Dave is trying to use the epic failure of Herbert Armstrong's January 1972 prophetic failure as proof that his latest failed prophecy was not actually a failure because he is not a prophet.
Dave then goes on to quote HWA's comments after his 1972 meltdown:
Mr. Armstrong’s 1972 Tomorrow’s World PersonalAll older brethren will remember when Mr. Armstrong wrote a long letter to the Church about an expected date that God’s Work would end, which did not come to pass in the way we thought (January 1972). As an Ambassador College student I was taught and believed that we were part of the last graduating class (June 1971). The year 1972 was thought by virtually everyone to be when the Work would end. I came to college in 1967 under the common belief that I/our class would not have time to get married or have children. Brethren for some time had stopped getting their teeth fixed or replacing bald tires on their cars because January 7, 1972 was “the end.” This thinking led to what would later be many stories that would be told and retold. Mr. Armstrong had also come to generally believe this timeframe.
In the February 1972 edition of Tomorrow’s World magazine, Mr. Armstrong addressed how Christians should view elements of prophetic timing. He wrote an article titled “The 19-Year Time Cycles – What HAPPENED January 7 – What My Commission IS!” He explained what it means when a date passes unfulfilled—in this case the timing of events that were directly connected to Christ’s Return. (Realize that the date of the remnant’s return is not nearly as important as when the Work is over and the Church is taken to safety—which the Church for years believed we could know absolutely.) Brethren who may be disillusioned or discouraged about the timing of the Haggai prophecy should find it helpful and encouraging to read Mr. Armstrong’s words. Due to the article’s length, I can only include excerpts. The serious reader will find and read the whole article.
“Thousands know that I, personally, have been called and chosen for a very definite commission in God’s service. But I have definitely not been called to be a prophet—except as that word, Biblically used, does sometimes refer to a minister or speaker—one who proclaims the Gospel of Jesus Christ.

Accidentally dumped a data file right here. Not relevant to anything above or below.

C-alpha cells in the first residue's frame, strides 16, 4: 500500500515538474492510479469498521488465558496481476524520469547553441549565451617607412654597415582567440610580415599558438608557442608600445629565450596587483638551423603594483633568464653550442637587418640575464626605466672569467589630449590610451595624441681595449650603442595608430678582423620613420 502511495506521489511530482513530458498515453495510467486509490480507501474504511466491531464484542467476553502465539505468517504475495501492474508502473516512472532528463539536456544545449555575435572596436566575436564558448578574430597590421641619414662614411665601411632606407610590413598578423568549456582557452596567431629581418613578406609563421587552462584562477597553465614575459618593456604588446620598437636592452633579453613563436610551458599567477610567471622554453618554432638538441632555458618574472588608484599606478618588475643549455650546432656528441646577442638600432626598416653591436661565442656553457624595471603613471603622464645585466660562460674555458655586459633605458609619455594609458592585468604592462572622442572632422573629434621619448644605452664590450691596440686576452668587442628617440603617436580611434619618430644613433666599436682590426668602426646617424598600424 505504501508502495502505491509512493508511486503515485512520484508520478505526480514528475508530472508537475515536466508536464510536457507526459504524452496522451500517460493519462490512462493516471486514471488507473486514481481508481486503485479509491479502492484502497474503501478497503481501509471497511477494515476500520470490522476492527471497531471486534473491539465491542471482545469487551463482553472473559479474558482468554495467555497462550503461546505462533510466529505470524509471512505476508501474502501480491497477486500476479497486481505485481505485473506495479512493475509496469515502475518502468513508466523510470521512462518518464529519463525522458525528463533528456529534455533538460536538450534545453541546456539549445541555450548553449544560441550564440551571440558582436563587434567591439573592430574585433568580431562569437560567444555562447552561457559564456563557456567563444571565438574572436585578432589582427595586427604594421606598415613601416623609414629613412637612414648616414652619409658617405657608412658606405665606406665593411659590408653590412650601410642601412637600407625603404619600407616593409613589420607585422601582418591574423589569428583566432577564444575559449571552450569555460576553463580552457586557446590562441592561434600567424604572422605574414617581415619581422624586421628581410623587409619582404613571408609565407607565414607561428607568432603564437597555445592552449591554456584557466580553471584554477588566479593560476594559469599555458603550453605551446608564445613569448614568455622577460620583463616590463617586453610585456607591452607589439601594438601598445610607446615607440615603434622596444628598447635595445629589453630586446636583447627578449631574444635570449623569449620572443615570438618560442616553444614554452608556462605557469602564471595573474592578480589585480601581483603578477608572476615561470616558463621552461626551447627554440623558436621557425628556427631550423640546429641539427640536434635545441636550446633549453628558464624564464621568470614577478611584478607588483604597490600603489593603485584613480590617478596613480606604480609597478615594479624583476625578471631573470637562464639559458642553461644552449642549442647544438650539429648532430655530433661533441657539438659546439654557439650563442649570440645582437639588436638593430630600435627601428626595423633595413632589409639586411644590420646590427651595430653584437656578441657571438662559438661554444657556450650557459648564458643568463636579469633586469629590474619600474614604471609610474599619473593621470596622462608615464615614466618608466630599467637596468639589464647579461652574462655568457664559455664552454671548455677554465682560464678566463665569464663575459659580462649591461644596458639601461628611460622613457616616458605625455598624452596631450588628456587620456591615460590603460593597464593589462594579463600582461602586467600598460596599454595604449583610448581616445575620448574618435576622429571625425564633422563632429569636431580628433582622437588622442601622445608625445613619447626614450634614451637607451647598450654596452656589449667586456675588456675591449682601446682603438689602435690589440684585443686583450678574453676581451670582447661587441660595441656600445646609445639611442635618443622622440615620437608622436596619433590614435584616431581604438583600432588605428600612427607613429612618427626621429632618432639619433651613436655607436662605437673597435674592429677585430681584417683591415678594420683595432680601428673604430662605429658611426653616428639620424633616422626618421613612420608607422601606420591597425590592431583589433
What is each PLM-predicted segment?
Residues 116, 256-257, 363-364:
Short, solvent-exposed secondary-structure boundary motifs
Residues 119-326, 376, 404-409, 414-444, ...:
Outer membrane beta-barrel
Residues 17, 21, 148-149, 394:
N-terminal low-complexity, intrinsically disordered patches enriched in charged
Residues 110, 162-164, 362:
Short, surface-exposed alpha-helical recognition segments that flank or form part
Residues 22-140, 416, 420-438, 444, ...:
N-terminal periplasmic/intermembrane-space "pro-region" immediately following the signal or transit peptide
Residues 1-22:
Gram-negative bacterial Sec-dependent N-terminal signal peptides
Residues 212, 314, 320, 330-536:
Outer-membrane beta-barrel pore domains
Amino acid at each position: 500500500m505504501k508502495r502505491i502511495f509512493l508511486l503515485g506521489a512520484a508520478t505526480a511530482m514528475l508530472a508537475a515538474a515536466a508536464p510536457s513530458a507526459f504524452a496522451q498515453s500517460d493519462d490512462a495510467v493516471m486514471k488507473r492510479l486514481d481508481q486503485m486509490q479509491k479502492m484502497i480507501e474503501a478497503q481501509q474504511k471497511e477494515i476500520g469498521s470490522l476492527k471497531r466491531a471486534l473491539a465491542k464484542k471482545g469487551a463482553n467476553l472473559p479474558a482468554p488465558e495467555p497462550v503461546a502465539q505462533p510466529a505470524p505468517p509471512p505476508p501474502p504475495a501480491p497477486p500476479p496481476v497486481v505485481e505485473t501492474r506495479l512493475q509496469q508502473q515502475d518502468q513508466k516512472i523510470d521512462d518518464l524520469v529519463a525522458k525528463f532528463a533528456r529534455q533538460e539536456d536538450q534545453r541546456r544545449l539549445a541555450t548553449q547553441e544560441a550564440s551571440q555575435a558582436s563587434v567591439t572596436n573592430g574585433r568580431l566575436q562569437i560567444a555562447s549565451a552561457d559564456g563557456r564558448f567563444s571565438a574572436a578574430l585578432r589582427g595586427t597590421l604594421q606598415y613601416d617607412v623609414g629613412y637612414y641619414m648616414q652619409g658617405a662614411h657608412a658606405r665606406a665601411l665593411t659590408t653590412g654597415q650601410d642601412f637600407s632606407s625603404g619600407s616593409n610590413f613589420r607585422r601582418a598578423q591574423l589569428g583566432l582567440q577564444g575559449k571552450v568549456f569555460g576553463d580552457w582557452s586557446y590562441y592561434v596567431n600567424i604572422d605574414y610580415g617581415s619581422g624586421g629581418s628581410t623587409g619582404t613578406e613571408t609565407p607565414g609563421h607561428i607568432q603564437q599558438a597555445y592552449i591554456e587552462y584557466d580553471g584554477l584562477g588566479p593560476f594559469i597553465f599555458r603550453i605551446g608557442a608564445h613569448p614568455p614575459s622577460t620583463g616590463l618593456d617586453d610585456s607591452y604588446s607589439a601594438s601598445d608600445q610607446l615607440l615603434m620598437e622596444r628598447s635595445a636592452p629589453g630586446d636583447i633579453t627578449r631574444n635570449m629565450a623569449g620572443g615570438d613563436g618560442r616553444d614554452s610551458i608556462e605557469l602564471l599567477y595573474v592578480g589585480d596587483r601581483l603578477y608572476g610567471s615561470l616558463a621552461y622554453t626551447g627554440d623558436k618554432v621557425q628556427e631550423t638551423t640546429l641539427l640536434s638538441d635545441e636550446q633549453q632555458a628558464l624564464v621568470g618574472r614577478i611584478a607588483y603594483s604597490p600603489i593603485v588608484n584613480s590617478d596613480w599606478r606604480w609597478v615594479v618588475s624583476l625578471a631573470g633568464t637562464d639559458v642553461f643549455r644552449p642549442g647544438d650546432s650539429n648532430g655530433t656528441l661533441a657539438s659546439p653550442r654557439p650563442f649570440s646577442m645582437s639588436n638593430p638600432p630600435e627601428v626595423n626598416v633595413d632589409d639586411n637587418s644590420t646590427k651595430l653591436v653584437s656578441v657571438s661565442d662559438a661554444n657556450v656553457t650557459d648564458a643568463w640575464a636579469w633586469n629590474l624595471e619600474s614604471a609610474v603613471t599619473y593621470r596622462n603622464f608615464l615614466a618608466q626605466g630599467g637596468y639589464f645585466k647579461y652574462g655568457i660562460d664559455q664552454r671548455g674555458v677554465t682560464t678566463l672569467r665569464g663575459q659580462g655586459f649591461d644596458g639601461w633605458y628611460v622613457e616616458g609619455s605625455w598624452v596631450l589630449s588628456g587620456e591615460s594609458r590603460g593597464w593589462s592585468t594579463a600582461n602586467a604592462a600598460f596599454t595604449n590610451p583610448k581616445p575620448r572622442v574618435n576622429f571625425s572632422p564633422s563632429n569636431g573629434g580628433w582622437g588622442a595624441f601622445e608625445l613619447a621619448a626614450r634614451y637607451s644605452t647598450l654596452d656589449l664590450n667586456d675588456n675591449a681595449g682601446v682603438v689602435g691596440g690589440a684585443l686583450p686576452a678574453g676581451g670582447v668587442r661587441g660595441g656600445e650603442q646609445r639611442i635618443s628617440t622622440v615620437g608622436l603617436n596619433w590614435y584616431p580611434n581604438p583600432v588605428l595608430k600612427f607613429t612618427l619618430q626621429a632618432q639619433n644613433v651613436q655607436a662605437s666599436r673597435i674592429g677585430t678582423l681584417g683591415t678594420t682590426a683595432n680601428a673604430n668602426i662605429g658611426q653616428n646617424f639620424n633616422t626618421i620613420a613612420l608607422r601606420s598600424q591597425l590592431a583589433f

Dave now wants you to know that he is being mocked and ridiculed because of his August prophecy failure, just like HWA was mocked after 1972 never happened. HWA then had to spin the failure to the fact that he was NOT a prophet. Dave is doing the same thing right now.“Emphatically I am not a prophet, in the sense of one to whom God speaks specially and directly, revealing personally a future event to happen or new truth, or new and special instruction direct from God—separate from, and apart from what is contained in the Bible. And I never have claimed to be.
“There is no such human prophet living today!”
“The Bible is the written Word of God—and, for our time now, it is complete! Never have I believed or claimed that God reveals to me new truths not contained in the Bible—in addition to, or apart from, the Bible.”
Mr. Armstrong understood and made clear to all that he was NOT a prophet. This recognition will momentarily become more important. I recognize the same of myself, and have said so several times. Mr. Armstrong never once claimed to be a prophet and neither have I. Yet thousands have accused him of being a false prophet. (Whole websites are dedicated to listing his supposed “failed prophecies.”) Thousands today in the splinters make the same accusation of him. I will hardly escape similar attacks.